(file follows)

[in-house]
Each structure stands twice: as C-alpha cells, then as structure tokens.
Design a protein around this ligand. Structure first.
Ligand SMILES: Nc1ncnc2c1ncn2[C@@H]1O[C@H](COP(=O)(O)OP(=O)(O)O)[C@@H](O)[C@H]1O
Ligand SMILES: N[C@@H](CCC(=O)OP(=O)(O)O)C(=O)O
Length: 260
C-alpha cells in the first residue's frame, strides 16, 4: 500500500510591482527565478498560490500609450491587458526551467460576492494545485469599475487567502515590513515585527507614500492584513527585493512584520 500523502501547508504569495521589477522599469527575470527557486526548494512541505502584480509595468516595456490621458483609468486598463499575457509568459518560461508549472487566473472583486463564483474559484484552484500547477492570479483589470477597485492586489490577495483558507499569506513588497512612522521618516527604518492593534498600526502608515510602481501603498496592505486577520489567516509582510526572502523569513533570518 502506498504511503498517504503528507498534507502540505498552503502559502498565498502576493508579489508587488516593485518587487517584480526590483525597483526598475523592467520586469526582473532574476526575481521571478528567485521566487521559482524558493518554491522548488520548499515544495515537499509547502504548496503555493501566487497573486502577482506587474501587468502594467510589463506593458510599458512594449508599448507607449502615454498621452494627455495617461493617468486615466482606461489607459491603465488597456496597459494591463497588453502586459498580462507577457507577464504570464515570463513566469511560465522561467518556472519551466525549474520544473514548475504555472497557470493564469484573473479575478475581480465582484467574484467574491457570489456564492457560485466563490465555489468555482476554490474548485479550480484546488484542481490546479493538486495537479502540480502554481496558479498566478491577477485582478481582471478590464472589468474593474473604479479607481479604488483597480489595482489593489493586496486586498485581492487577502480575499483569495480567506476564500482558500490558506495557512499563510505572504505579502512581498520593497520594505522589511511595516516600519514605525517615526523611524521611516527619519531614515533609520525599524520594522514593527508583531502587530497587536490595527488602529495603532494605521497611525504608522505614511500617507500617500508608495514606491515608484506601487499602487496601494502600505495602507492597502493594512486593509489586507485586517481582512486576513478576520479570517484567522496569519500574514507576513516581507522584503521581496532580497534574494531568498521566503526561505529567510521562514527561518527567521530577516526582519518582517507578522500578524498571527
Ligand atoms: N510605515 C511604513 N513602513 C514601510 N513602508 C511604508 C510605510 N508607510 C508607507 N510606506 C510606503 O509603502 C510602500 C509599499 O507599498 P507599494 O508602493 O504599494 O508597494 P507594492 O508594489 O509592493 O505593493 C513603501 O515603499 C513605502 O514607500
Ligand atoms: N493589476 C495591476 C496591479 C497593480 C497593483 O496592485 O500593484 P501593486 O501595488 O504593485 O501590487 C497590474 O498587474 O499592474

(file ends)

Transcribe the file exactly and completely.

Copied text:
[in-house]
Each structure stands twice: as C-alpha cells, then as structure tokens.
Design a protein around this ligand. Structure first.
Ligand SMILES: Nc1ncnc2c1ncn2[C@@H]1O[C@H](COP(=O)(O)OP(=O)(O)O)[C@@H](O)[C@H]1O
Ligand SMILES: N[C@@H](CCC(=O)OP(=O)(O)O)C(=O)O
Length: 260
C-alpha cells in the first residue's frame, strides 16, 4: 500500500510591482527565478498560490500609450491587458526551467460576492494545485469599475487567502515590513515585527507614500492584513527585493512584520 500523502501547508504569495521589477522599469527575470527557486526548494512541505502584480509595468516595456490621458483609468486598463499575457509568459518560461508549472487566473472583486463564483474559484484552484500547477492570479483589470477597485492586489490577495483558507499569506513588497512612522521618516527604518492593534498600526502608515510602481501603498496592505486577520489567516509582510526572502523569513533570518 502506498504511503498517504503528507498534507502540505498552503502559502498565498502576493508579489508587488516593485518587487517584480526590483525597483526598475523592467520586469526582473532574476526575481521571478528567485521566487521559482524558493518554491522548488520548499515544495515537499509547502504548496503555493501566487497573486502577482506587474501587468502594467510589463506593458510599458512594449508599448507607449502615454498621452494627455495617461493617468486615466482606461489607459491603465488597456496597459494591463497588453502586459498580462507577457507577464504570464515570463513566469511560465522561467518556472519551466525549474520544473514548475504555472497557470493564469484573473479575478475581480465582484467574484467574491457570489456564492457560485466563490465555489468555482476554490474548485479550480484546488484542481490546479493538486495537479502540480502554481496558479498566478491577477485582478481582471478590464472589468474593474473604479479607481479604488483597480489595482489593489493586496486586498485581492487577502480575499483569495480567506476564500482558500490558506495557512499563510505572504505579502512581498520593497520594505522589511511595516516600519514605525517615526523611524521611516527619519531614515533609520525599524520594522514593527508583531502587530497587536490595527488602529495603532494605521497611525504608522505614511500617507500617500508608495514606491515608484506601487499602487496601494502600505495602507492597502493594512486593509489586507485586517481582512486576513478576520479570517484567522496569519500574514507576513516581507522584503521581496532580497534574494531568498521566503526561505529567510521562514527561518527567521530577516526582519518582517507578522500578524498571527
Ligand atoms: N510605515 C511604513 N513602513 C514601510 N513602508 C511604508 C510605510 N508607510 C508607507 N510606506 C510606503 O509603502 C510602500 C509599499 O507599498 P507599494 O508602493 O504599494 O508597494 P507594492 O508594489 O509592493 O505593493 C513603501 O515603499 C513605502 O514607500
Ligand atoms: N493589476 C495591476 C496591479 C497593480 C497593483 O496592485 O500593484 P501593486 O501595488 O504593485 O501590487 C497590474 O498587474 O499592474